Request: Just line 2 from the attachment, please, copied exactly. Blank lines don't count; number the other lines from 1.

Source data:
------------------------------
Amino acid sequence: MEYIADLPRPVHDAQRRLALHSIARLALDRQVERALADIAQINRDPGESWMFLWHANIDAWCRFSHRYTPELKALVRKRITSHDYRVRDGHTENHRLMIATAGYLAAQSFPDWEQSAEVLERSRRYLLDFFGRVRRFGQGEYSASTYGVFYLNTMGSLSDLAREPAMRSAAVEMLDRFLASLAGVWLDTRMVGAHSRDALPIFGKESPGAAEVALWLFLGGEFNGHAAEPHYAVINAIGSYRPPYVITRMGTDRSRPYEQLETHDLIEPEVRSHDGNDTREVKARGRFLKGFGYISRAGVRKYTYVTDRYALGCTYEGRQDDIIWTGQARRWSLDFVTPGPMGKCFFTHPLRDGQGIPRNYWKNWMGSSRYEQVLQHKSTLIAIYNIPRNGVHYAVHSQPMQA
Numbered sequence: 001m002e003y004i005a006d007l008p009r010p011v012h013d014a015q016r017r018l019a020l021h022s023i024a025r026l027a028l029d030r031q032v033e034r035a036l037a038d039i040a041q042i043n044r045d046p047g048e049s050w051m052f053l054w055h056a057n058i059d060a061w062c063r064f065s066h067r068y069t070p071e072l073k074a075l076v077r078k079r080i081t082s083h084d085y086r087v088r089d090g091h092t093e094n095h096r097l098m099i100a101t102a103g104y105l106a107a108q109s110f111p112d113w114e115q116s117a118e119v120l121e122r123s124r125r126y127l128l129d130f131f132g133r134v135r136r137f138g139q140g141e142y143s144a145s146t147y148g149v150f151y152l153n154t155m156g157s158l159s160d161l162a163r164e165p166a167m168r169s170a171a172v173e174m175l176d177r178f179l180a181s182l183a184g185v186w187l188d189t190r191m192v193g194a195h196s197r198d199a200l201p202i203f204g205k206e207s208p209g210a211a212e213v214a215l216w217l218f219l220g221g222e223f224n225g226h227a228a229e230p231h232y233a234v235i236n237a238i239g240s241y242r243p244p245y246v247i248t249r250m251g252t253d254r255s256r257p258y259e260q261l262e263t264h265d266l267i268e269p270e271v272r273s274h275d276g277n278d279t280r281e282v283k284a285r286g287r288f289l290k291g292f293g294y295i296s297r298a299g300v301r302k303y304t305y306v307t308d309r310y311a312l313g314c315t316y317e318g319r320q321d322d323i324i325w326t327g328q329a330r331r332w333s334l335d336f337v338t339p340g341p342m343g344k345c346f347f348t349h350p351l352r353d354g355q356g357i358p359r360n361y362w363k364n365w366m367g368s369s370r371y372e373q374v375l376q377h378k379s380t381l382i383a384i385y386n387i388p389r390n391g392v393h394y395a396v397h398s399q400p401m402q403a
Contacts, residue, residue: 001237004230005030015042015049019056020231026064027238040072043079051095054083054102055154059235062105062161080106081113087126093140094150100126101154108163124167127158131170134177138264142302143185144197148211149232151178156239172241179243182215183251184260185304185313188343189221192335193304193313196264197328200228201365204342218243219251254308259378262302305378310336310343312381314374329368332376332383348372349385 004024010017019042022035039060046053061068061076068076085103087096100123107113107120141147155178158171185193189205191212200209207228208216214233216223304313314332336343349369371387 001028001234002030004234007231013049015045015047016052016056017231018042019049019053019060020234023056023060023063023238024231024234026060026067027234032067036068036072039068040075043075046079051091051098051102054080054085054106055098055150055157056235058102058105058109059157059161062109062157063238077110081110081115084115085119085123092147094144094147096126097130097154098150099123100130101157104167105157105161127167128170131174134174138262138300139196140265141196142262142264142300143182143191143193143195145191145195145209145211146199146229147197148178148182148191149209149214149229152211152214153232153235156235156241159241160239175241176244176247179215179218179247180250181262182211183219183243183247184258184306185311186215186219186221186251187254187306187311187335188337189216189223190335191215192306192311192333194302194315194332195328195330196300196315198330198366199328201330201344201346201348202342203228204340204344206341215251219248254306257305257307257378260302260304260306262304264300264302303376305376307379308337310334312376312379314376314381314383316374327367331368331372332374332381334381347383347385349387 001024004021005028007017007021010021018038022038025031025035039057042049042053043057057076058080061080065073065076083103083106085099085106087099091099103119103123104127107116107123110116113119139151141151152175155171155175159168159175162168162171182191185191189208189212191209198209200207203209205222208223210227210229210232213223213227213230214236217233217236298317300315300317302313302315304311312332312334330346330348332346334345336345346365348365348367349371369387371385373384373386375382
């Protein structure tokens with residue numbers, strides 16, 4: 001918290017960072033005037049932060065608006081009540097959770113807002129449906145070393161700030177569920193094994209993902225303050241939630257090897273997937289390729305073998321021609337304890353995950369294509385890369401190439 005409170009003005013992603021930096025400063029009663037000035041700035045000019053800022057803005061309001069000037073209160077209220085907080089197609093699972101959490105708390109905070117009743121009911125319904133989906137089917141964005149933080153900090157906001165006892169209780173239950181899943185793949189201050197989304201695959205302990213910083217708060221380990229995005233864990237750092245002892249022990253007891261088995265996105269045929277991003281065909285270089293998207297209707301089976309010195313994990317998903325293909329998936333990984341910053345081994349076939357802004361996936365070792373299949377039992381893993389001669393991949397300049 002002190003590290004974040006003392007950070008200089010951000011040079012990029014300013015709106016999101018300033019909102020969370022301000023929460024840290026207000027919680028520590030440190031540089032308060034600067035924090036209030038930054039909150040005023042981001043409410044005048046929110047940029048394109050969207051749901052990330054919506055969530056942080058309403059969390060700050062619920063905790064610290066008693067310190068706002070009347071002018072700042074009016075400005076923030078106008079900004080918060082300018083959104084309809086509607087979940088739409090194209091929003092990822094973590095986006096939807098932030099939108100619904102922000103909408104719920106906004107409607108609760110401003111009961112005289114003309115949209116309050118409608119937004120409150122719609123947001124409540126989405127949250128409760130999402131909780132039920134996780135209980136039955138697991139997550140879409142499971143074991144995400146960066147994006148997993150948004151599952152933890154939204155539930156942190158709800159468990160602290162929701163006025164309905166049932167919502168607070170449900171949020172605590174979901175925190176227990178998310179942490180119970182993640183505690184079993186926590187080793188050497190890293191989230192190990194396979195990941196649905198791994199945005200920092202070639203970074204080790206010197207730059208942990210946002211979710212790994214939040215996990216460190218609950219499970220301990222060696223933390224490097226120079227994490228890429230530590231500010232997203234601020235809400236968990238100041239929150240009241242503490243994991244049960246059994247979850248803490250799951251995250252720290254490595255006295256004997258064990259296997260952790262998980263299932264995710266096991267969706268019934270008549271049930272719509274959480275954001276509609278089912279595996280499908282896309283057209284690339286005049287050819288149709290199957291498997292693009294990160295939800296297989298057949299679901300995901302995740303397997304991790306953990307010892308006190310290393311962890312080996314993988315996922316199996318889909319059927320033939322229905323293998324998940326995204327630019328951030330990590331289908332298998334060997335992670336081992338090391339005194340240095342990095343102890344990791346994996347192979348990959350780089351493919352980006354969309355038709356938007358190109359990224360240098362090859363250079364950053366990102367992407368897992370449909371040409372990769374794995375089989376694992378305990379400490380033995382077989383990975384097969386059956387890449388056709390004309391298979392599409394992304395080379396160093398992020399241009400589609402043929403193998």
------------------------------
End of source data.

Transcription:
Numbered sequence: 001m002e003y004i005a006d007l008p009r010p011v012h013d014a015q016r017r018l019a020l021h022s023i024a025r026l027a028l029d030r031q032v033e034r035a036l037a038d039i040a041q042i043n044r045d046p047g048e049s050w051m052f053l054w055h056a057n058i059d060a061w062c063r064f065s066h067r068y069t070p071e072l073k074a075l076v077r078k079r080i081t082s083h084d085y086r087v088r089d090g091h092t093e094n095h096r097l098m099i100a101t102a103g104y105l106a107a108q109s110f111p112d113w114e115q116s117a118e119v120l121e122r123s124r125r126y127l128l129d130f131f132g133r134v135r136r137f138g139q140g141e142y143s144a145s146t147y148g149v150f151y152l153n154t155m156g157s158l159s160d161l162a163r164e165p166a167m168r169s170a171a172v173e174m175l176d177r178f179l180a181s182l183a184g185v186w187l188d189t190r191m192v193g194a195h196s197r198d199a200l201p202i203f204g205k206e207s208p209g210a211a212e213v214a215l216w217l218f219l220g221g222e223f224n225g226h227a228a229e230p231h232y233a234v235i236n237a238i239g240s241y242r243p244p245y246v247i248t249r250m251g252t253d254r255s256r257p258y259e260q261l262e263t264h265d266l267i268e269p270e271v272r273s274h275d276g277n278d279t280r281e282v283k284a285r286g287r288f289l290k291g292f293g294y295i296s297r298a299g300v301r302k303y304t305y306v307t308d309r310y311a312l313g314c315t316y317e318g319r320q321d322d323i324i325w326t327g328q329a330r331r332w333s334l335d336f337v338t339p340g341p342m343g344k345c346f347f348t349h350p351l352r353d354g355q356g357i358p359r360n361y362w363k364n365w366m367g368s369s370r371y372e373q374v375l376q377h378k379s380t381l382i383a384i385y386n387i388p389r390n391g392v393h394y395a396v397h398s399q400p401m402q403a